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What is the Treatment for Sarcopenia?

Discover how sarcopenia, muscle loss with age, impacts health and independence. Explore treatments like diet, exercise, and potential medical interventions.

  • 06 Feb 2024
  • 3 min read

Muscles play a pivotal role in our bodies by maintaining body posture and strong joints. But we all gradually lose muscle mass and strength as soon as we turn 30. Some of us lose it more quickly due to a condition called sarcopenia that affects 10 to 20% of adults. It can lead to disability, loss of independence, need for palliative care and even death. Many older adults don't realise that their difficulty climbing the stairs or getting out of their chairs may be due to sarcopenia. Therefore, it is pertinent to seek sarcopenia treatment as soon as we realise its symptoms.

Treatment of Sarcopenia

Age-related changes in our body lead to decreased levels of growth hormones, a reduced ability to turn protein into muscle, increased inflammation and interference with the signals between the brain and the muscles. Sedentary lifestyles, lack of exercise, prolonged bed rest, loss of mobility, poor nutrition and obesity exacerbate the conditions that lead to sarcopenia. To deal with this disorder, the following sarcopenia treatment options are available.

  • A healthy diet and nutritional supplements with major nutrients for muscle health impede sarcopenia and improve physical performance. We should increase the intake of protein, vitamin D, omega-3 fatty acids and creatine in our diet. A study indicates that 20 g of whey protein and 800 IU of vitamin D twice in a day can help improve lower limb strength.
  • Resistance-based strength training can reverse the process of muscle weakening. Rubber resistance bands that we are supposed to stretch serve as an alternative to bulky gym equipment. It also stimulates the activity of growth hormones and satellite cells, responsible for regenerating muscles.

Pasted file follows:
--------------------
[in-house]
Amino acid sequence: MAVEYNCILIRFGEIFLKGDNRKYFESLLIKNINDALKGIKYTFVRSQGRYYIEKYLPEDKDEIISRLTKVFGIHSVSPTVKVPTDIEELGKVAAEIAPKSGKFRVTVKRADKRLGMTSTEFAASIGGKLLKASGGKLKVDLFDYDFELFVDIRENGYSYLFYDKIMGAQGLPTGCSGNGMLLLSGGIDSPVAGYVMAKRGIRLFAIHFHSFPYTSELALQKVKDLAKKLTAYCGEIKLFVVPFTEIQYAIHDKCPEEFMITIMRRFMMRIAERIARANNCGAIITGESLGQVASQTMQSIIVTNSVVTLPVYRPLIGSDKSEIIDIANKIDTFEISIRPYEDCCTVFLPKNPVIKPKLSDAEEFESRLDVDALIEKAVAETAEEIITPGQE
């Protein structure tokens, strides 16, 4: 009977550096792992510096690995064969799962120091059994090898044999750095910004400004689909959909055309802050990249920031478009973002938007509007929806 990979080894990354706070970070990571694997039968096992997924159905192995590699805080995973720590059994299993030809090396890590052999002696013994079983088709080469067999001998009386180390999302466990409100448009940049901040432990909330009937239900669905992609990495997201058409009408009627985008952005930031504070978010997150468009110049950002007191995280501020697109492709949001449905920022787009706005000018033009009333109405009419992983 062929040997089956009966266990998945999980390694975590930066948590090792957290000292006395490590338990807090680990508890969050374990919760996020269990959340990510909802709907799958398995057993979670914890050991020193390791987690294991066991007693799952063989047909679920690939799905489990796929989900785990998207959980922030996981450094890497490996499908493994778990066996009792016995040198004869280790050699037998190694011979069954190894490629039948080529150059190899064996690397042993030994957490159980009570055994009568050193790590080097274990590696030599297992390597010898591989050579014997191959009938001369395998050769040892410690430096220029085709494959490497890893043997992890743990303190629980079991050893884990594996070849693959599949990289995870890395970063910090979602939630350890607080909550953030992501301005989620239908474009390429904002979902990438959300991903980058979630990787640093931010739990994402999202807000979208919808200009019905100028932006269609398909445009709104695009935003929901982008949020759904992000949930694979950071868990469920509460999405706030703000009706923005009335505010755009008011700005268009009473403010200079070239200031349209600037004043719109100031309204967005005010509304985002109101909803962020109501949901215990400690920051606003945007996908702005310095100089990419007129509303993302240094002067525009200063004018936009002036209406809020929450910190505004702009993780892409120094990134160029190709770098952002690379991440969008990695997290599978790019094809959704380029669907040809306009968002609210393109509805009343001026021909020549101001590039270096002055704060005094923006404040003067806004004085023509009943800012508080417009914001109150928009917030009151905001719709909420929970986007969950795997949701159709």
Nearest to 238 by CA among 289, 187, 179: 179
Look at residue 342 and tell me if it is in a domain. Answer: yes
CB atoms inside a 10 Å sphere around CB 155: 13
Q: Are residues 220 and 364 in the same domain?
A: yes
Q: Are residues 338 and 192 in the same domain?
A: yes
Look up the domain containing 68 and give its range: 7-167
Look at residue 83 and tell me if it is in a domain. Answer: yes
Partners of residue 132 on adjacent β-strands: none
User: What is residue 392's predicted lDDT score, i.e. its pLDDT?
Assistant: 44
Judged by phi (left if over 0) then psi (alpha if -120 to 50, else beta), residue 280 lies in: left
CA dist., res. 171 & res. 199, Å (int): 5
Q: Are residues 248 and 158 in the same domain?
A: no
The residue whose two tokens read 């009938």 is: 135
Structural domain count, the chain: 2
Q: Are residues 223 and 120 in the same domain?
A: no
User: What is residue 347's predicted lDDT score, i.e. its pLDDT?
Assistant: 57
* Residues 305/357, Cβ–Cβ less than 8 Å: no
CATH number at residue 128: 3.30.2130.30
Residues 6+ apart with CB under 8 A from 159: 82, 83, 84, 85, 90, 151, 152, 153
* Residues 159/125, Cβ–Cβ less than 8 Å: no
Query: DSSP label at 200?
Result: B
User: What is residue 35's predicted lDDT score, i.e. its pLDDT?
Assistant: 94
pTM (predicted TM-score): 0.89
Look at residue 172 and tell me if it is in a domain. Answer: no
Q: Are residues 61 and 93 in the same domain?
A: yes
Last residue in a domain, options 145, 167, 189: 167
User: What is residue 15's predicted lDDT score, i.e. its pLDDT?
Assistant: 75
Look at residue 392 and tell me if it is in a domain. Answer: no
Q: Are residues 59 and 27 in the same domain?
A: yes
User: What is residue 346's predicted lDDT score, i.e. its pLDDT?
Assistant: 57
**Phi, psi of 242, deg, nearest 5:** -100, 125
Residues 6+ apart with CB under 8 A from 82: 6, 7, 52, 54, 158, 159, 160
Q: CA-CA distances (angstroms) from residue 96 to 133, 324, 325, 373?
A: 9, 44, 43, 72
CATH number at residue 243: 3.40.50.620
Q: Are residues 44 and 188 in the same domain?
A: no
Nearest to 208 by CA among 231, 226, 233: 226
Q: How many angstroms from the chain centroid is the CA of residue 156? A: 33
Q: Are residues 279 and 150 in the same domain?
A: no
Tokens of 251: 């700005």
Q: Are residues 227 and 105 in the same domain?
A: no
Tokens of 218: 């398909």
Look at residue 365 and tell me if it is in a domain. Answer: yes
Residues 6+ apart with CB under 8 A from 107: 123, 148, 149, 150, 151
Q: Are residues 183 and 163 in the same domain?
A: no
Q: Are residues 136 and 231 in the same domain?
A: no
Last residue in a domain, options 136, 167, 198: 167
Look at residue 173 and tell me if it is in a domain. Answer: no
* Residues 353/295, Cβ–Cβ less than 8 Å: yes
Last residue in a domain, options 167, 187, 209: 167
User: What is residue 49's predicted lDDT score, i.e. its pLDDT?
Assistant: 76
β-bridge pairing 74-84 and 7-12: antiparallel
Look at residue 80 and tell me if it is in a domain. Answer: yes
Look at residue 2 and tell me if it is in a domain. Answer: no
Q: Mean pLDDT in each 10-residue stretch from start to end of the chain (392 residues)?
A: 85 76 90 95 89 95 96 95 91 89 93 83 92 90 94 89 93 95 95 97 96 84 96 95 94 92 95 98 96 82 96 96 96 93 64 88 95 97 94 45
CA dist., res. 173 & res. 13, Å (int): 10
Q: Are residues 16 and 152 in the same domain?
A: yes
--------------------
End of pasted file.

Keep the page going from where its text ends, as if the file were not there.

• Aerobic exercises and endurance building can also combat sarcopenia. A study has found that those who walk fast have fewer chances of developing sarcopenia.
  • Combination therapy that involves both nutritional interventions and exercise improves gait speed and the strength of the quadriceps.
  • Potential interventions in the form of drugs for improving muscle strength include anabolic steroids, selective androgen receptor modulators (SARMs) and myostatin inhibitors. However, the efficacy of these interventions and associated health concerns are still a subject of research.
  • A decline in testosterone levels is associated with a loss of muscle strength. Research indicates that it reduces by 1% yearly once we turn 30. Doses of testosterone increase protein synthesis, thereby leading to increased muscle mass. It also enhances the functioning of satellite cells. However, potential side effects include increased chances of cardiovascular ailments and prostate cancer.
  • A combination of growth hormone and testosterone tends to increase muscle mass. However, its role in enhancing muscle strength is debatable in the medical community. Possible side effects while injecting growth hormones include muscle pain, oedema and carpal tunnel syndrome.

Sarcopenia treatment involves interference at the cellular level in critical patients. Cell therapy using mesenchymal stem cells (MSC) and placental-derived stromal cells delivers potential benefits. MSCs can be obtained from our bone marrow or adipose tissue, whereas placental cells are abundant in the umbilical cord.

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Besides making us weaker, sarcopenia affects our body balance and ability to walk, weakens bones, increases fatigue, worsens existing conditions, causes weight gain and raises the risk of malnutrition. Physiological interventions, regular exercise and a good diet go a long way in building muscle strength. When nothing goes right, health insurance is what you need to rise above the casualties.

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